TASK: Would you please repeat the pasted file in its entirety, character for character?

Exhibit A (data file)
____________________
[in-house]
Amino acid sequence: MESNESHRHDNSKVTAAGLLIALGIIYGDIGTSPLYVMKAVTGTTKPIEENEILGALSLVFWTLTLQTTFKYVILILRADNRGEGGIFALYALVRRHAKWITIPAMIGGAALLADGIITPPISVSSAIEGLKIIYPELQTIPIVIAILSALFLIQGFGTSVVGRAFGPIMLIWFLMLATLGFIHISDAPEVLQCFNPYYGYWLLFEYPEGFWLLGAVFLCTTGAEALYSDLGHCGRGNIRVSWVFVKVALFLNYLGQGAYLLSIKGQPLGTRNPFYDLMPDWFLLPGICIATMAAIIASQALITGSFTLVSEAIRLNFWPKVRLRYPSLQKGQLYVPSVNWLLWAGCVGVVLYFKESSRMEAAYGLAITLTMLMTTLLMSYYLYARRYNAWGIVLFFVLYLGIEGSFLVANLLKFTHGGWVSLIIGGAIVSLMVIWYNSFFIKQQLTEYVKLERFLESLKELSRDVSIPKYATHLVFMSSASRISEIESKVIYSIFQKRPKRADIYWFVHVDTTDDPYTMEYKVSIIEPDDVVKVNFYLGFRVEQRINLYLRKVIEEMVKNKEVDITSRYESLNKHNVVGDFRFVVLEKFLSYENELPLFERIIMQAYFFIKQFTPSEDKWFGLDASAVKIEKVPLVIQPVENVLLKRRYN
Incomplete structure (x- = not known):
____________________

[in-house]
Amino acid sequence: MESNESHRHDNSKVTAAGLLIALGIIYGDIGTSPLYVMKAVTGTTKPIEENEILGALSLVFWTLTLQTTFKYVILILRADNRGEGGIFALYALVRRHAKWITIPAMIGGAALLADGIITPPISVSSAIEGLKIIYPELQTIPIVIAILSALFLIQGFGTSVVGRAFGPIMLIWFLMLATLGFIHISDAPEVLQCFNPYYGYWLLFEYPEGFWLLGAVFLCTTGAEALYSDLGHCGRGNIRVSWVFVKVALFLNYLGQGAYLLSIKGQPLGTRNPFYDLMPDWFLLPGICIATMAAIIASQALITGSFTLVSEAIRLNFWPKVRLRYPSLQKGQLYVPSVNWLLWAGCVGVVLYFKESSRMEAAYGLAITLTMLMTTLLMSYYLYARRYNAWGIVLFFVLYLGIEGSFLVANLLKFTHGGWVSLIIGGAIVSLMVIWYNSFFIKQQLTEYVKLERFLESLKELSRDVSIPKYATHLVFMSSASRISEIESKVIYSIFQKRPKRADIYWFVHVDTTDDPYTMEYKVSIIEPDDVVKVNFYLGFRVEQRINLYLRKVIEEMVKNKEVDITSRYESLNKHNVVGDFRFVVLEKFLSYENELPLFERIIMQAYFFIKQFTPSEDKWFGLDASAVKIEKVPLVIQPVENVLLKRRYN
Incomplete structure (x- = not known):